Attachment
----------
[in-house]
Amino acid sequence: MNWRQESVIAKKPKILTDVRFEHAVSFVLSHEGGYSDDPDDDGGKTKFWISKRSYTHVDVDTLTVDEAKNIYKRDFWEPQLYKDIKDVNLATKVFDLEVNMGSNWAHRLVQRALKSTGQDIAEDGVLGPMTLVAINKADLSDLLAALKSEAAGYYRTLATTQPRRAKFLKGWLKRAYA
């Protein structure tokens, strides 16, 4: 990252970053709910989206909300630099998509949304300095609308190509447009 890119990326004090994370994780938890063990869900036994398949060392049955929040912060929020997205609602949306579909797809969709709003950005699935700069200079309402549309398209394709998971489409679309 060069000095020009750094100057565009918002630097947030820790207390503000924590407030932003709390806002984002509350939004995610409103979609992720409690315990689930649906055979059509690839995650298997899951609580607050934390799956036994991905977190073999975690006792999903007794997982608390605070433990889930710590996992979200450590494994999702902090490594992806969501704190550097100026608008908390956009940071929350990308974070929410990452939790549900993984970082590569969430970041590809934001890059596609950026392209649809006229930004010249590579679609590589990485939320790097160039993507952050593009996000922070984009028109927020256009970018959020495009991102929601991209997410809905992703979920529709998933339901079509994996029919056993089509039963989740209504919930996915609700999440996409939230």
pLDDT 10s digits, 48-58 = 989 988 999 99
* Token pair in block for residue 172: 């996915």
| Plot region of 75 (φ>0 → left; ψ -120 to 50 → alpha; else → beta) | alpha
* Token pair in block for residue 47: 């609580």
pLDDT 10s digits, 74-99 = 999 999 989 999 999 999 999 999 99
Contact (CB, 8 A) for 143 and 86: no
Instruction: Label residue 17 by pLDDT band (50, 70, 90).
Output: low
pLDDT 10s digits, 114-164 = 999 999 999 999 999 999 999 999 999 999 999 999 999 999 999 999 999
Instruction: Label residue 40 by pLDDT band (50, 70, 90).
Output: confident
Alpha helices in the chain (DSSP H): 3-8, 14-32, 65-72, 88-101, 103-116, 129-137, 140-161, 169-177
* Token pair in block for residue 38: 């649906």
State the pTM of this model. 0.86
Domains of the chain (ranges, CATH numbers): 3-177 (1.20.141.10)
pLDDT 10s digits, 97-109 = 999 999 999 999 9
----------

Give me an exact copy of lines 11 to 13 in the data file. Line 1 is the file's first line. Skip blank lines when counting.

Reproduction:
Output: low
pLDDT 10s digits, 114-164 = 999 999 999 999 999 999 999 999 999 999 999 999 999 999 999 999 999
Instruction: Label residue 40 by pLDDT band (50, 70, 90).